The International Energy Agency's (IEA) calls for no new oil, natural gas and coal investments for the world to be able to reach net-zero carbon emissions by 2050. It outlined a path to net-zero emissions that suggested stopping new investments in oil, gas and coal supply, retiring coal-fired plants in advanced economies by 2030. The IEA said its pathway was "the most technically feasible, cost-effective and socially acceptable".
Some Asian energy officials viewed that approach as too narrow.
Energy companies in Australia, the biggest carbon emitter per capita among the world's richest nations, and officials in Japan and the Philippines said there were many ways to get to net zero.
Akihisa Matsuda, the deputy director of international affairs at Japan's Ministry of Economy, Trade and Industry (METI), said the government has no plans to immediately stop oil, gas and coal investments.
"The report provides one suggestion as to how the world can reduce greenhouse gas emissions to net zero by 2050, but it is not necessarily in line with the Japanese government's policy," he said.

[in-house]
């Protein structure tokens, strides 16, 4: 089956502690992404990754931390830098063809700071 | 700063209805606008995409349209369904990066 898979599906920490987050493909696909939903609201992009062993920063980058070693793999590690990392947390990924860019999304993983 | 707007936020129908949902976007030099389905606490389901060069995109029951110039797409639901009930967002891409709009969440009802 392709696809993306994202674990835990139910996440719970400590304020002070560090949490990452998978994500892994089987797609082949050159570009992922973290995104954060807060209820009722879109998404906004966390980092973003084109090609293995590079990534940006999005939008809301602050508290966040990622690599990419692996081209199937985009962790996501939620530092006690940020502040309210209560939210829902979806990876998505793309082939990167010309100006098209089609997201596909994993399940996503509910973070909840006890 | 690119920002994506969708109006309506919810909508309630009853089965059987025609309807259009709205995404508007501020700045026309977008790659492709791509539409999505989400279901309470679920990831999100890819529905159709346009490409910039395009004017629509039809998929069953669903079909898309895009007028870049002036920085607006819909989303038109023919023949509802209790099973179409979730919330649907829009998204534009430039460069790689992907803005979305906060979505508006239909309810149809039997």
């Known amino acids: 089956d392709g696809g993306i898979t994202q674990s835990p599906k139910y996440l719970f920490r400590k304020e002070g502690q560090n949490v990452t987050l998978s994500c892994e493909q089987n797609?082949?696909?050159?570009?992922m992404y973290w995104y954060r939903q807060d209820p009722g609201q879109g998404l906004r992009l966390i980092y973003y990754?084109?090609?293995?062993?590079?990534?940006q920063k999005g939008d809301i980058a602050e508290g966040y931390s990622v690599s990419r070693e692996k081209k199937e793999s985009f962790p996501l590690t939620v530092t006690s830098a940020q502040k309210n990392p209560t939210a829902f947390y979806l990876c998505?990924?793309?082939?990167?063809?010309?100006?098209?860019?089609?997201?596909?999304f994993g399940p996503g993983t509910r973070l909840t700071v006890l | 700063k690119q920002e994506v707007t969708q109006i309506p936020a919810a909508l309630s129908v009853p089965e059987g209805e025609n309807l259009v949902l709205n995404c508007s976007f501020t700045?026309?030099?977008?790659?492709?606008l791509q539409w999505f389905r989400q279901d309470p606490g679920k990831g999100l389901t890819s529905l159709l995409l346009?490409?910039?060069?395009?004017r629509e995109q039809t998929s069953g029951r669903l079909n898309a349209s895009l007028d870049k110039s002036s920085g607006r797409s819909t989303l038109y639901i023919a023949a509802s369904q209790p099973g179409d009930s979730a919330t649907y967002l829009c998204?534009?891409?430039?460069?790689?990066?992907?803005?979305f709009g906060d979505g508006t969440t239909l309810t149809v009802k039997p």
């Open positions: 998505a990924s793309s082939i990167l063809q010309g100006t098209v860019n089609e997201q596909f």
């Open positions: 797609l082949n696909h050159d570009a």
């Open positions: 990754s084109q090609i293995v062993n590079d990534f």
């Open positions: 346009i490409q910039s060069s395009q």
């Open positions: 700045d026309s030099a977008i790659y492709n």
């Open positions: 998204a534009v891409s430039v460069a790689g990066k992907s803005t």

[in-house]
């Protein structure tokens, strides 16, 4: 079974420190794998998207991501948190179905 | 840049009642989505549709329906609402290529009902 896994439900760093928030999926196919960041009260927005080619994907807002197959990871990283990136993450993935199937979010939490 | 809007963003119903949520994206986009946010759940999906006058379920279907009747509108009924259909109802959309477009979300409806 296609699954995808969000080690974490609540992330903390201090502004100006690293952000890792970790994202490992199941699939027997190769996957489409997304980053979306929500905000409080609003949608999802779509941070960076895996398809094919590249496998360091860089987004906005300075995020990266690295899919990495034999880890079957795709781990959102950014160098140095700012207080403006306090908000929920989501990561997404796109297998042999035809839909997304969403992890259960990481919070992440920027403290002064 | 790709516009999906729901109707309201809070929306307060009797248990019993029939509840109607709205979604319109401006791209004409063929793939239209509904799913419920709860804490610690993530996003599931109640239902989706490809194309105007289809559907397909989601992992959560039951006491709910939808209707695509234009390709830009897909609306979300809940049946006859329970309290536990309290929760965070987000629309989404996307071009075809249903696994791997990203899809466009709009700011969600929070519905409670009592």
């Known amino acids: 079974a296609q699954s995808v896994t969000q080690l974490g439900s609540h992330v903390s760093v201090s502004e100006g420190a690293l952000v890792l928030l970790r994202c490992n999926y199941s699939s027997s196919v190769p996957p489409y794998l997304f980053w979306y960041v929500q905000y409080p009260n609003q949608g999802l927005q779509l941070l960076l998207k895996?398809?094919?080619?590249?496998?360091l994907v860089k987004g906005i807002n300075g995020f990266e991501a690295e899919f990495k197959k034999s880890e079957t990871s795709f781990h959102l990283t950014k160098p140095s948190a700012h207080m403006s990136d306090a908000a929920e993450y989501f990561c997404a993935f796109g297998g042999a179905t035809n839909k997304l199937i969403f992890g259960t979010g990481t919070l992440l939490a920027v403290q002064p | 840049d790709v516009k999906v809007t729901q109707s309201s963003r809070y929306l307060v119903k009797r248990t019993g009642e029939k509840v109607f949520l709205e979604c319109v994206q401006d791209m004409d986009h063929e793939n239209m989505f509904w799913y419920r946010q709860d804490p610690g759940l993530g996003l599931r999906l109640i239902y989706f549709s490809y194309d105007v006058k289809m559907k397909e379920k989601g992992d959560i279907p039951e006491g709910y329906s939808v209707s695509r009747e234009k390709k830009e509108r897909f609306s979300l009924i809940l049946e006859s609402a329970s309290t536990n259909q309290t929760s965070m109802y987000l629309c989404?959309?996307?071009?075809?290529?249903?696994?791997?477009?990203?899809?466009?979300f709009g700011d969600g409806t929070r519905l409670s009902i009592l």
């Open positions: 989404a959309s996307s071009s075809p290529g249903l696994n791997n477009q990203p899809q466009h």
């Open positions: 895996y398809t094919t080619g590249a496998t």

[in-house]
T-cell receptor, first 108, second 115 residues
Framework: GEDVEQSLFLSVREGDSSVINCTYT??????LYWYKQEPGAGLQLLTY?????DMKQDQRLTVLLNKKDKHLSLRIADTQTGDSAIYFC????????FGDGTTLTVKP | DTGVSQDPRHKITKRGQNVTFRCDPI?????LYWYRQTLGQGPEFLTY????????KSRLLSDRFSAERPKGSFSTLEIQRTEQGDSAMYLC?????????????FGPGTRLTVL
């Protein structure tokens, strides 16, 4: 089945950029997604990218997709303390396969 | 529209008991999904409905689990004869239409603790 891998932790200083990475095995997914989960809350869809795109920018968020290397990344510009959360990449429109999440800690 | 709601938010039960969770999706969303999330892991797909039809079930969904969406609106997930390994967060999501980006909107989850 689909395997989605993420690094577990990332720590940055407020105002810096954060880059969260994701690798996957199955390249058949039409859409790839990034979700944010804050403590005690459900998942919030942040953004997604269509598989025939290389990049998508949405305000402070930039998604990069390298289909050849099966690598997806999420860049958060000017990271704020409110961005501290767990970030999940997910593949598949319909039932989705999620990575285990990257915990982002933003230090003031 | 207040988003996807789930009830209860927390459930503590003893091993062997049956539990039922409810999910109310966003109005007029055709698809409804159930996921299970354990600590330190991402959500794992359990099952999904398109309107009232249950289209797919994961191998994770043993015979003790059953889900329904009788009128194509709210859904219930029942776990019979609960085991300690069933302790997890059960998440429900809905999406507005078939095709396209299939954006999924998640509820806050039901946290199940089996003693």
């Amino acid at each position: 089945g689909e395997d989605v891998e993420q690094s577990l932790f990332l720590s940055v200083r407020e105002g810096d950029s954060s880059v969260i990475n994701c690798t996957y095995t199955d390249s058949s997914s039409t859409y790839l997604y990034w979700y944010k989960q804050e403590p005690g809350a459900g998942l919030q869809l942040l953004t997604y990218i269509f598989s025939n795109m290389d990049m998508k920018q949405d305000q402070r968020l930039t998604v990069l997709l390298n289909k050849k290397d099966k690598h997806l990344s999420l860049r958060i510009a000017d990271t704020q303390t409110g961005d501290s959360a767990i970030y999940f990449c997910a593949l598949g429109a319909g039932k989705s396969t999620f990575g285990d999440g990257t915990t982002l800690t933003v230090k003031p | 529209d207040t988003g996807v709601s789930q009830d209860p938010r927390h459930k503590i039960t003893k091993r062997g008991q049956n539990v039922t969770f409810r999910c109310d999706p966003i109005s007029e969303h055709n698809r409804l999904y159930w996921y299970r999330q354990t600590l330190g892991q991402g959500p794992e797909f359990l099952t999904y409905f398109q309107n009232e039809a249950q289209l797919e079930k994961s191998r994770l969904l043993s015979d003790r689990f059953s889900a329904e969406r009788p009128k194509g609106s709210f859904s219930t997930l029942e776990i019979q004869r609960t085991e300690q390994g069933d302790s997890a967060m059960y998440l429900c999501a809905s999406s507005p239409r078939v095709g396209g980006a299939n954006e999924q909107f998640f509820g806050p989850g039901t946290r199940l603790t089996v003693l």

Japan was the region's third-largest carbon emitter in 2019, after China and India.
"The IEA report doesn't take into account future negative emission technologies and offsets from outside the energy sector -- two things that are likely to happen and will allow vital and necessary future development of oil and gas fields," Australian Petroleum Production and Exploration Association Chief Executive Andrew McConville said.
Australia's top independent gas producer, Woodside Petroleum, said it still aims to make a final investment decision for an $11 billion investment to develop a new gas field off Western Australia in late 2021.
Australia on Wednesday committed A$600 million ($467 million) in taxpayer funds to build a new gas-fired power station.
In the Philippines, Energy Secretary Alfonso Cusi said cutting finance for oil, gas and coal without considering efficiency and competitiveness would "set back the Philippines' aspiration to join the ranks of upper-middle-income countries," he said.
Demand for coal is still expected to be strong in the next few decades as some countries are still building new coal-fired power plants, said Hendra Sinadia, executive director at Indonesia Coal Mining Association.